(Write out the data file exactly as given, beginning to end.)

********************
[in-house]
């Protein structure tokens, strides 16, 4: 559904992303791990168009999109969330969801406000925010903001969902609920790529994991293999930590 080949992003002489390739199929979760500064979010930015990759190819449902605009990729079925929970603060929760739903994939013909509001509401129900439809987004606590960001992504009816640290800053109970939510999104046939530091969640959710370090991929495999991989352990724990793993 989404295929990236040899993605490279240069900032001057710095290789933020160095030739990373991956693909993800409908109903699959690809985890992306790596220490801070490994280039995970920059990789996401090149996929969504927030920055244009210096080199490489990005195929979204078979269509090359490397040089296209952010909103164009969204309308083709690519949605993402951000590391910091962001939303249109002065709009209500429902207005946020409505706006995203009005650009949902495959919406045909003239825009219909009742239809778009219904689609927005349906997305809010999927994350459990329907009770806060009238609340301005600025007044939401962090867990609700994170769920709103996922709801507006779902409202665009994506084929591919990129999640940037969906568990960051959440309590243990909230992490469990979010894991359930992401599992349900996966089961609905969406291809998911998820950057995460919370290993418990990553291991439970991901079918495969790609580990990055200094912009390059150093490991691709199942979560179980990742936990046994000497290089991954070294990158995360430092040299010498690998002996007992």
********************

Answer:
[in-house]
């Protein structure tokens, strides 16, 4: 559904992303791990168009999109969330969801406000925010903001969902609920790529994991293999930590 080949992003002489390739199929979760500064979010930015990759190819449902605009990729079925929970603060929760739903994939013909509001509401129900439809987004606590960001992504009816640290800053109970939510999104046939530091969640959710370090991929495999991989352990724990793993 989404295929990236040899993605490279240069900032001057710095290789933020160095030739990373991956693909993800409908109903699959690809985890992306790596220490801070490994280039995970920059990789996401090149996929969504927030920055244009210096080199490489990005195929979204078979269509090359490397040089296209952010909103164009969204309308083709690519949605993402951000590391910091962001939303249109002065709009209500429902207005946020409505706006995203009005650009949902495959919406045909003239825009219909009742239809778009219904689609927005349906997305809010999927994350459990329907009770806060009238609340301005600025007044939401962090867990609700994170769920709103996922709801507006779902409202665009994506084929591919990129999640940037969906568990960051959440309590243990909230992490469990979010894991359930992401599992349900996966089961609905969406291809998911998820950057995460919370290993418990990553291991439970991901079918495969790609580990990055200094912009390059150093490991691709199942979560179980990742936990046994000497290089991954070294990158995360430092040299010498690998002996007992």